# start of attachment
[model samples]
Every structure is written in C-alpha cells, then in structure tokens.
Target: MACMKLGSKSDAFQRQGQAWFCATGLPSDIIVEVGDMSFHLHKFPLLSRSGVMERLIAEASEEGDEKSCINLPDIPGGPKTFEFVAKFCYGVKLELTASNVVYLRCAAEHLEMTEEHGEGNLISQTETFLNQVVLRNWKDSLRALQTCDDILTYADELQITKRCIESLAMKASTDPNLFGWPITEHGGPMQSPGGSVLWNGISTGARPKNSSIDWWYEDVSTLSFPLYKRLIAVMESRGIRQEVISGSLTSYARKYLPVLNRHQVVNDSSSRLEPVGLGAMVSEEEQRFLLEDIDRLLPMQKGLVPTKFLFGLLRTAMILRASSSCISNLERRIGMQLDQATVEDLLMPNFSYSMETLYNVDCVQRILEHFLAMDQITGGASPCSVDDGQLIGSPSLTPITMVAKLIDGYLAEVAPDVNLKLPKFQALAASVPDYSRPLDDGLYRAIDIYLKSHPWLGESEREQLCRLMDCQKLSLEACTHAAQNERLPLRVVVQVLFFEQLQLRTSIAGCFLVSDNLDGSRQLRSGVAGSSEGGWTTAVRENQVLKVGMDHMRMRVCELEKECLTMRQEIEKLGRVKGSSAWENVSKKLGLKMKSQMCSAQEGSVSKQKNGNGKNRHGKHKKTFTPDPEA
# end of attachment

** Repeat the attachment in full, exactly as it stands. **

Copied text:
[model samples]
Every structure is written in C-alpha cells, then in structure tokens.
Target: MACMKLGSKSDAFQRQGQAWFCATGLPSDIIVEVGDMSFHLHKFPLLSRSGVMERLIAEASEEGDEKSCINLPDIPGGPKTFEFVAKFCYGVKLELTASNVVYLRCAAEHLEMTEEHGEGNLISQTETFLNQVVLRNWKDSLRALQTCDDILTYADELQITKRCIESLAMKASTDPNLFGWPITEHGGPMQSPGGSVLWNGISTGARPKNSSIDWWYEDVSTLSFPLYKRLIAVMESRGIRQEVISGSLTSYARKYLPVLNRHQVVNDSSSRLEPVGLGAMVSEEEQRFLLEDIDRLLPMQKGLVPTKFLFGLLRTAMILRASSSCISNLERRIGMQLDQATVEDLLMPNFSYSMETLYNVDCVQRILEHFLAMDQITGGASPCSVDDGQLIGSPSLTPITMVAKLIDGYLAEVAPDVNLKLPKFQALAASVPDYSRPLDDGLYRAIDIYLKSHPWLGESEREQLCRLMDCQKLSLEACTHAAQNERLPLRVVVQVLFFEQLQLRTSIAGCFLVSDNLDGSRQLRSGVAGSSEGGWTTAVRENQVLKVGMDHMRMRVCELEKECLTMRQEIEKLGRVKGSSAWENVSKKLGLKMKSQMCSAQEGSVSKQKNGNGKNRHGKHKKTFTPDPEA